Historiae rei nummariae veteris scriptores aliquot insignores [...]. Including: Host, Matthäus. Tres libros de veteribus mensuris ... Host, Matthäus. Quaedam opuscula variae ... [Sardi, Alessandro] (misattributed to John Selden). Liber de nummis ... Labbe, Philippe. Bibliotheca nummaria ... Budé, Guillaume. De asse et partibus ejus libri quinque.
4to. 15 works in 5 volumes, paginated as 3 and bound as 2. (36), 372, (8); (26), "637" [= 535], (9), [lacking 1-2], 3-716, (86) pp. With 2 title-pages in red and black (each with a woodcut decoration, the first of fruits and the second of flowers), 5 of 6 divisional title-pages (2 in red and black) plus numerous drop-titles; 2 engraved portraits (vol. I) and 3 folding tables (1 in vol. I, 2 in vol. II). Further with 4 woodcut foot rulers divided into 16ths, 12ths (inches) and 4ths, woodcut numerical signs, headpieces, tailpieces and decorated initials. Set in roman types with extensive italic and Greek, and incidental fraktur and Hebrew. Contemporary or near contemporary vellum, sewn on 4 vellum tapes laced through the joints, with a hollow back, with manuscript title on each spine.
A collection of works devoted primarily to the ancient Hebrew, Greek, Roman and Arabic number systems, numismatics and mensuration, more than half (nominally 3 volumes) comprising the collected works of Matthäus Host (1509-87), numismatist and professor of Greek in Frankfurt an der Oder. After these follow works by Alessandro Sardi (1520-88) (misattributed to John Selden), Philippe Labbe (1607-67) and Guillaume Budé (1468-1540). Host published his most important works on the Hebrew and other Middle Eastern, Greek, Roman and Arabic number systems (plus "astronomical" numbers probably taken from Agrippa and Noviomagus), coins and related subjects in the years 1578 to 1582. His collected works were published in three volumes at Frankfurt am Main, dated 1586 old style (1587 new style), volume 3 containing 10 short works, the first in 4 parts (here numbered I-XIII in the contents but I-X in the titles). Budé's "De asse", first published at Paris in 1514, is generally regarded as the best Renaissance attempt to determine the values of ancient coins relative to each other and to contemporary money. Sardi published his "De nummis" (on numismatics) at Mainz in 1579, but it appears here as the work of the British scholar and lawyer John Selden (1584-1654), with his preliminary note dated from Middle Temple in London, 1 May 1642. Since he does not appear to have published it himself, it is unclear whether he plagiarized it, or whether it was mistakenly attributed to him when published at London in 1675. At that time it appeared together with Labbe's "Bibliotheca nummaria" and Budé's "De asse". Labbe's work first appeared as an appendix to his 1664 "Bibliotheca bibliothecarum" and describes books on the subject of antiquarian coins, medals, weights and measures. The ESTC suggests that "De nummis" in the "1675" London edition of these three works and in the present edition (which has a 1685 Edinburgh copy imprint) are both reissues of the 1579 edition, but comparing the "1675" and "1685" versions in EEBO with the 1579 Mainz edition shows that they represent three different editions and that the "1685" version on EEBO is the present one. No 1685 Edinburgh edition is known, so the reason for the 1685 copy imprint (and for Selden's 1642 note) remains unclear. Pending further study we suppose the "1685" edition was printed ca. 1692 for issue with the 1692 edition of Host's works, which was printed (according to the colophon) by Nisius in Jena and published (according to the imprints) by Johann Georg Lipper in Leipzig and Lüneburg, and by Peter Le Clert in Amsterdam. The present version is a reissue of all these works in the same editions as 1692, but now with the two 1695 title-pages for publication by Van der Aa in Leiden.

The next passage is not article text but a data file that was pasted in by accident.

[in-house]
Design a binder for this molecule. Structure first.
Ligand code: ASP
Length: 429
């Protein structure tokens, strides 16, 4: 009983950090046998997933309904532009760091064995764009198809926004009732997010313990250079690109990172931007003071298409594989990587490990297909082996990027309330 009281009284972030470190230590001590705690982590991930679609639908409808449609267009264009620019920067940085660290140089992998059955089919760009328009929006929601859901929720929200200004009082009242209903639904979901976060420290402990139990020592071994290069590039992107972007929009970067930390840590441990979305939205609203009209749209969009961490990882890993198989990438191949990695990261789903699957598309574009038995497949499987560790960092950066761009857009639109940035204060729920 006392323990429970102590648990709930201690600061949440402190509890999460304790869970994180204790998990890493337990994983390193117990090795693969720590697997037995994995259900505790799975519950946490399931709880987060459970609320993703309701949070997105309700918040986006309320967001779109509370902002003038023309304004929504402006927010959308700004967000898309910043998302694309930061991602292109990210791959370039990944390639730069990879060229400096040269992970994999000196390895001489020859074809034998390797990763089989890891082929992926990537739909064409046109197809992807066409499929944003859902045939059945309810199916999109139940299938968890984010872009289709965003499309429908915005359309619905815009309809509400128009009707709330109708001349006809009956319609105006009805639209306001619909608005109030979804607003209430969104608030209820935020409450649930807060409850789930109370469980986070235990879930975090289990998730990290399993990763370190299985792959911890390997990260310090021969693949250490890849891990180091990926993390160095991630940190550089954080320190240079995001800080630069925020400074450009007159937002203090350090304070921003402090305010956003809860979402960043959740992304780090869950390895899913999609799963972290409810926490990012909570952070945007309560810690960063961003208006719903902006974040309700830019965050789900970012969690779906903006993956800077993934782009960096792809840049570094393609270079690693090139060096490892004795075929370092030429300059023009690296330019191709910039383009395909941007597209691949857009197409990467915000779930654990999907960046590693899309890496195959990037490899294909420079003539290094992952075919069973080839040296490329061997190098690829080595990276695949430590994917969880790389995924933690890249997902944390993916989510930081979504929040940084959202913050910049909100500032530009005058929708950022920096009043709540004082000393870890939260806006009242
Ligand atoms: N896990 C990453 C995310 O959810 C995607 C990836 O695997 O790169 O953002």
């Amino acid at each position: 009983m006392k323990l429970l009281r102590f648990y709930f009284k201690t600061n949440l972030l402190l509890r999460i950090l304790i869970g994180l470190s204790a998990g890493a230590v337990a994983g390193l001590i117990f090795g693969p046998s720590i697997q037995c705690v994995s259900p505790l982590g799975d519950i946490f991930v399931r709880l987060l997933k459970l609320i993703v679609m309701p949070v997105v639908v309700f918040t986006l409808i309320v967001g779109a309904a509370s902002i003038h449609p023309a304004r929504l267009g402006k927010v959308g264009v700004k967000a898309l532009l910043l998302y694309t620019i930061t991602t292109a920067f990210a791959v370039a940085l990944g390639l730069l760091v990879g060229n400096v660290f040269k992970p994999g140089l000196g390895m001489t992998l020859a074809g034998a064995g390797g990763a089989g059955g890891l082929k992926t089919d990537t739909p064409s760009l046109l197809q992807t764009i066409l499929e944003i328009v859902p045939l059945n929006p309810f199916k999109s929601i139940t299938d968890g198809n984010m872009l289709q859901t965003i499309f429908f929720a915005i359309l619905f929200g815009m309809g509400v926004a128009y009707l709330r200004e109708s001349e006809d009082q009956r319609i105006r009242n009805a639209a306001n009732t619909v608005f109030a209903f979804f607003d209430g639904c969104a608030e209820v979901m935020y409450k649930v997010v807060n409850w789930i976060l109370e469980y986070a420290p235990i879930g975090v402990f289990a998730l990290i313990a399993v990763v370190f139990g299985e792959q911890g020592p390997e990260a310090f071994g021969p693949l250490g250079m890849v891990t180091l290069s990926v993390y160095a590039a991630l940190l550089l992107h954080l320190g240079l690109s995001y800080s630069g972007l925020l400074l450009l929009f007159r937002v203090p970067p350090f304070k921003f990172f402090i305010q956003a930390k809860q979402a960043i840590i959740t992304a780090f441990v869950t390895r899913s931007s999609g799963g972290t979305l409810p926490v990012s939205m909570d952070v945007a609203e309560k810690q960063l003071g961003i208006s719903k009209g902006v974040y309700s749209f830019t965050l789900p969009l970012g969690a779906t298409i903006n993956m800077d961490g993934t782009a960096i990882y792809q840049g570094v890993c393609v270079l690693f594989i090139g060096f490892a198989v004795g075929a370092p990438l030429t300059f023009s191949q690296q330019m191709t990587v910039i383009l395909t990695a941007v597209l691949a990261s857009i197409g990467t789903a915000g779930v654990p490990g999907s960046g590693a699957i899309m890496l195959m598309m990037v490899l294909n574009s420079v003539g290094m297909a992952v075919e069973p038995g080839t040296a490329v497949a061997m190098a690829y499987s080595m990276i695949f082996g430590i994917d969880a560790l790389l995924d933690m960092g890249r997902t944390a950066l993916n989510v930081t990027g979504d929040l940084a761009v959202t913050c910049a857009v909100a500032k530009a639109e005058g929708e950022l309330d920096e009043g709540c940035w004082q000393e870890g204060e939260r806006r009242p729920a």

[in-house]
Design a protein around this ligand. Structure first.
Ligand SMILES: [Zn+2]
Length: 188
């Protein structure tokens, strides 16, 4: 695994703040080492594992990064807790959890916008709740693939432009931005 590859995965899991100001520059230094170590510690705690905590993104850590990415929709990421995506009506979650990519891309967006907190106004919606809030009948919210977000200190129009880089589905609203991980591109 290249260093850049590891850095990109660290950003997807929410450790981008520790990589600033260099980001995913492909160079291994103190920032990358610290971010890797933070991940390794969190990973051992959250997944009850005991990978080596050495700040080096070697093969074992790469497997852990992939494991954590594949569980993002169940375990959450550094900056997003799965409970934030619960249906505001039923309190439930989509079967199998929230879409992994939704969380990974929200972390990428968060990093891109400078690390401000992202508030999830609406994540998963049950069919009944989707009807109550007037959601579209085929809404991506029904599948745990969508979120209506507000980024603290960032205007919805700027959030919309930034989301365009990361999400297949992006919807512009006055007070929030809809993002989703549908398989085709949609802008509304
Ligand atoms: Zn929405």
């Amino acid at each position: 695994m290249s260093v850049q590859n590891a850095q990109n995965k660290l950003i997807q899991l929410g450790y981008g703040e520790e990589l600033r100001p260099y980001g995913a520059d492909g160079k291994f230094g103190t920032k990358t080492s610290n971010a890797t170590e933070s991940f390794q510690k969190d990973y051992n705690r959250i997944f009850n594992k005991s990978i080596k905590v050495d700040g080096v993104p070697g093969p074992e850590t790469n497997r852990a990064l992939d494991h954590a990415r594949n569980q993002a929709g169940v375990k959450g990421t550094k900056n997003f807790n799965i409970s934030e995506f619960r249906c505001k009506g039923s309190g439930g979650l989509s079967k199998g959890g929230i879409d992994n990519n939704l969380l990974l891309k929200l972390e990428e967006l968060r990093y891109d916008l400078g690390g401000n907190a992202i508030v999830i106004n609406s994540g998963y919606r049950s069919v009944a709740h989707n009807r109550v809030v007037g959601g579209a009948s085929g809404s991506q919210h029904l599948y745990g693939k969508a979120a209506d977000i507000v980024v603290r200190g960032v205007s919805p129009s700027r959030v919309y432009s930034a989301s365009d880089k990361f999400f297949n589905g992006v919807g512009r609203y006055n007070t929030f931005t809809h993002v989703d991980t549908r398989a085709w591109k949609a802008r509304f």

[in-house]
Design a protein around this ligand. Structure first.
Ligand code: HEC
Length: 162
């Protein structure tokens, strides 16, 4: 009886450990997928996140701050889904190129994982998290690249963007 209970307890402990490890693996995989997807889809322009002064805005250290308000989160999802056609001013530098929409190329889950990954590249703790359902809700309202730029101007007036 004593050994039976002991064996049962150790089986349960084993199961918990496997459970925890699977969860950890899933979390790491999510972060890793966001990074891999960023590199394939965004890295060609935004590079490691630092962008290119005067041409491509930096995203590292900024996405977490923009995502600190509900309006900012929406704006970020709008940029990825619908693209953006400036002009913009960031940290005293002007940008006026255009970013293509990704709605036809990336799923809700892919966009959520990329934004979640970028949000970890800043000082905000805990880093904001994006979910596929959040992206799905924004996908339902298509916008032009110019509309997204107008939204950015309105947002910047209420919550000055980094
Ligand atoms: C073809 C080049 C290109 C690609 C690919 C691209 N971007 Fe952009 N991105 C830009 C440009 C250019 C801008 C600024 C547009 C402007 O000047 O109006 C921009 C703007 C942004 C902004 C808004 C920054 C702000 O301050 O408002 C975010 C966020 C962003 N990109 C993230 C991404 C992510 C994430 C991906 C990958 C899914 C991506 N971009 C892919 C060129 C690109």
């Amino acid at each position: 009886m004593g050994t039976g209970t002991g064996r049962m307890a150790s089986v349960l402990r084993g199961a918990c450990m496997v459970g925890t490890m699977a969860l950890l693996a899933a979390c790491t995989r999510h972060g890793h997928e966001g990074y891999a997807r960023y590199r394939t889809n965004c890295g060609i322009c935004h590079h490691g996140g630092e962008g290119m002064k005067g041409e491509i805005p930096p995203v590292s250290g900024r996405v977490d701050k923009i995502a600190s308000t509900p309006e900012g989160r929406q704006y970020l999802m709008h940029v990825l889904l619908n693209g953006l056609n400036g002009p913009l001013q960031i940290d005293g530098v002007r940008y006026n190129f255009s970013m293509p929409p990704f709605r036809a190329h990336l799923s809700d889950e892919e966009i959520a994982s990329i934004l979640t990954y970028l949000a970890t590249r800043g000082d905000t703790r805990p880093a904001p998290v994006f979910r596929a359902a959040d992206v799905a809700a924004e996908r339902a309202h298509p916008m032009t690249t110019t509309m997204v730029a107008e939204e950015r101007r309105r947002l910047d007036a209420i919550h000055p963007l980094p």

Each volume with the 19th-century yellow bookplate on the front pastedown of the library of the Baptist Newton Theological Institution near Boston, which later merged with the Andover Theological Seminary and became associated with Harvard University.
Lacking the divisional title (A1) for the Sardi/Selden, "De nummis", with its 1685 Edinburgh copy imprint. With some browning and foxing throughout, a small tear into the text of one leaf and in the margin of the first folding table. Otherwise in good condition. The binding of the first volume is somewhat dirty and each has one or two of the vellum tapes broken at the hinge, but they are still in good condition. A detailed account of numbers, coins, etc., especially in the Middle East and Greece.
STCN (6 copies, incl. 2 incompl.). Cf. ESTC R41079 ("1685" [= ca. 1692] ed., including Host's works only in a note); Smith, Rara arithmetica, pp. 372-375 (1582 ed. of one of Host's works on numbers); for Host: ADB XIII, p. 191.